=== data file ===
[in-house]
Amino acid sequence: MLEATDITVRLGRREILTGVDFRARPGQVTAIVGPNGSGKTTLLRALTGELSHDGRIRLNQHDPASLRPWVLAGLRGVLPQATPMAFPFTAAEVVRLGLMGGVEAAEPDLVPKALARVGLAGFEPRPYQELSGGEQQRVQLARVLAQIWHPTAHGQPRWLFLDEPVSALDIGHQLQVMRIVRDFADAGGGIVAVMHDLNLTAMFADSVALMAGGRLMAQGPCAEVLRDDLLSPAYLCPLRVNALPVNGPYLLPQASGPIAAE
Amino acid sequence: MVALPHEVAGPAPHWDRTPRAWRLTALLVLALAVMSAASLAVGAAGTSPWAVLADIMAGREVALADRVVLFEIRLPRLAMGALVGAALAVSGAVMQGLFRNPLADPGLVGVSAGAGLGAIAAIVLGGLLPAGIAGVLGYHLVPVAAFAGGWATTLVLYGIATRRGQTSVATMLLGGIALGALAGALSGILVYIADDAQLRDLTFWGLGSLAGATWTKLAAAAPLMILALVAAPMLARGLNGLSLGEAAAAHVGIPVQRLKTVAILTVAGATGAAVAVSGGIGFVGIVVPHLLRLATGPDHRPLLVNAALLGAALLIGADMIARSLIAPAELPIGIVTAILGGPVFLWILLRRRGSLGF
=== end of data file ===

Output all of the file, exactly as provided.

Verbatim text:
[in-house]
Amino acid sequence: MLEATDITVRLGRREILTGVDFRARPGQVTAIVGPNGSGKTTLLRALTGELSHDGRIRLNQHDPASLRPWVLAGLRGVLPQATPMAFPFTAAEVVRLGLMGGVEAAEPDLVPKALARVGLAGFEPRPYQELSGGEQQRVQLARVLAQIWHPTAHGQPRWLFLDEPVSALDIGHQLQVMRIVRDFADAGGGIVAVMHDLNLTAMFADSVALMAGGRLMAQGPCAEVLRDDLLSPAYLCPLRVNALPVNGPYLLPQASGPIAAE
Amino acid sequence: MVALPHEVAGPAPHWDRTPRAWRLTALLVLALAVMSAASLAVGAAGTSPWAVLADIMAGREVALADRVVLFEIRLPRLAMGALVGAALAVSGAVMQGLFRNPLADPGLVGVSAGAGLGAIAAIVLGGLLPAGIAGVLGYHLVPVAAFAGGWATTLVLYGIATRRGQTSVATMLLGGIALGALAGALSGILVYIADDAQLRDLTFWGLGSLAGATWTKLAAAAPLMILALVAAPMLARGLNGLSLGEAAAAHVGIPVQRLKTVAILTVAGATGAAVAVSGGIGFVGIVVPHLLRLATGPDHRPLLVNAALLGAALLIGADMIARSLIAPAELPIGIVTAILGGPVFLWILLRRRGSLGF